Examples
 Minimize

$$M(u,\gamma )$$
 Subject to

$$R(u,\gamma )=0$$
 Minimize

$$M(u,\gamma )+{c}_{s}{\epsilon}_{n}D(\gamma )$$
 Subject to

$$R(u,\gamma )=0$$
In this figure the ten different inlets to the cabin are shown. The six of them are aiming at the front and rear upper part of the cabin and the remaining four are providing the air to the front and rear lower part of the cabin. The supply of the air from the blower has also been separated into two parts. The first supply has to be connected with the upper inlets and the second supply has to be connected to the lower inlets to the cabin.
The first part of the algorithmic procedure is based on topology optimization for minimum power dissipation or mechanical energy losses to account for minimum fuel consumption and minimum volume to account for minimum manufacturing cost constrained by specific mass flow rates at each exit. In this study all mass flow rates selected as constraints were equal to 0.001kg/s and the tolerance of the constraints were selected equal to 5%.
The next step is to generate the computational mesh at the initial domain. This mesh can consist of either hexaedral or tetrehedral elements. For this study, a hexahedral mesh with 2.5 ×10^{5} nodes is used, Figure 10, left, which has sufficient resolution for topology optimization.
The topology optimization of the two ducts was performed in a sequential manner. First, the duct connecting the one inlet with the six upper outlets (cabin inlets) was optimized. For that reason, a part of the domain was excluded from the solution at this step to allow the evolution of the design of the first duct in a way that would not block the evolution of the other duct. This exclusion was made possible by applying nodal boundary conditions on the design variable at the excluded part of the domain and not through separate meshing.
After, the first optimal duct geometry is computed, the space it requires is excluded from the initial box, using again nodal boundary conditions on the design variable. To avoid intersections and very close proximity between the two duct geometries a user selected area that surrounds the first duct is also excluded. The second duct is optimized, and the optimal geometry uses the same computational mesh. Thus, a single initial mesh should only be created and no remeshing is required while performing the optimization of the separate ducts. This procedure can be continued to a next round of optimization of the two ducts; the first duct can be optimized again, leaving out not the initial random space but the space covered by the second duct (plus an additional layer), then the second duct can be optimized again based on the new shape of the first duct and so forth. This approach is expected to result in designs with even better performance but was omitted in this study.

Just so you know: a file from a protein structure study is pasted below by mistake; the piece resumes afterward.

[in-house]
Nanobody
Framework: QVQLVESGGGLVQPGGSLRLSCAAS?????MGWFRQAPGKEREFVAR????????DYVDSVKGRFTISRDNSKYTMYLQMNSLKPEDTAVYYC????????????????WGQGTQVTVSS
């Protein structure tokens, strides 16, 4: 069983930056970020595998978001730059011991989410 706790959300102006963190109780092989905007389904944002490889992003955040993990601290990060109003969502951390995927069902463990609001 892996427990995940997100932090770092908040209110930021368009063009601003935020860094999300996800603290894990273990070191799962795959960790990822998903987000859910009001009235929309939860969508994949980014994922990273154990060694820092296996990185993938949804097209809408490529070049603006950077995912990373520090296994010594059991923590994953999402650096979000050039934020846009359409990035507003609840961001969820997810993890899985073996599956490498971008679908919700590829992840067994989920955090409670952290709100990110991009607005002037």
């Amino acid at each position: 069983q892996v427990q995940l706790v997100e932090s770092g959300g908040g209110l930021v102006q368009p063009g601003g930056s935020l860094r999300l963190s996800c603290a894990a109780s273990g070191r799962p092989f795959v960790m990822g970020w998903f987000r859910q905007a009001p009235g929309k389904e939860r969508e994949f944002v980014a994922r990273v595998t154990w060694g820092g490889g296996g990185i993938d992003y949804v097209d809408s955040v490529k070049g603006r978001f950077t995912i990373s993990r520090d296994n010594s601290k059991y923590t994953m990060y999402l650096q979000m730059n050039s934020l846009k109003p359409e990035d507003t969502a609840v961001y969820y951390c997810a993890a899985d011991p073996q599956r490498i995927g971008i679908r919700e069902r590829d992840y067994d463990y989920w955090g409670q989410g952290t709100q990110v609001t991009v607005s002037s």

A body fitted mesh with 6.5×10^{5}nodes is generated at this geometry in order to further optimize the shape using the shape optimization methodology with morph shapes. Shape optimization is used to further improve the value of the power dissipation objective function and ensure that the constraints on mass flow rates at the exits of the domain are as accurately as possible satisfied. It has been observed that the values of the mass flow rates at the exits are very sensitive to the geometrical design and mesh and, thus, the smoothing and remeshing of the optimized geometry affects them quite a lot. The body fitted mesh is also expected to give more accurate estimation of the quantities of interest and, thus shape optimization is expected to give the completely final design of the ducts. It should also be mentioned that the two ducts are handled as one during this step to avoid intersections and high proximity in the final design.
The morph shapes, required for the shape optimization described in the theory, are generated automatically using the flow field computed in the body fitted mesh. This way the two methodologies, topology and shape optimization described above are not disconnected but rather constitute the ingredients of a unified methodology. The flow velocity is the metric used to define optimally the morph shapes so that several types of morph shape can be formed as well as to ensure that the whole domain is appropriately spacefilled and all the parts of the design are taken into consideration while performing the shape optimization step.
Two different types of morph shapes are generated; the first one is depicted by the red vectors, and it allows for the bending of the duct during optimization. Two design variables per node are needed for this type of morph shape to cover all the design space. The second type of morph shapes is illustrated by the blue arrows and is used to increase or decrease the cross section of the duct geometry. One design variable per node is needed for this morph shape which includes four or eight control points with radial vectors that allow for the change in the cross section. The total number of morph shapes and thus the number of design variables for shape optimization is 66.
References
[1] Sandboge, R., Papadimitriou, D., and Reddy, M., “Shape and Topology Optimization in Computational Fluid Dynamics Including Heat Transfer Using Gaussian Processes and Adjoint Methods,” 2021. https://doi.org/10.2514/6.20211892.
[2] Svanberg, K., “MMA and GCMMAtwo methods for nonlinear optimization,” vol, Vol. 1, 2007, pp. 1–15.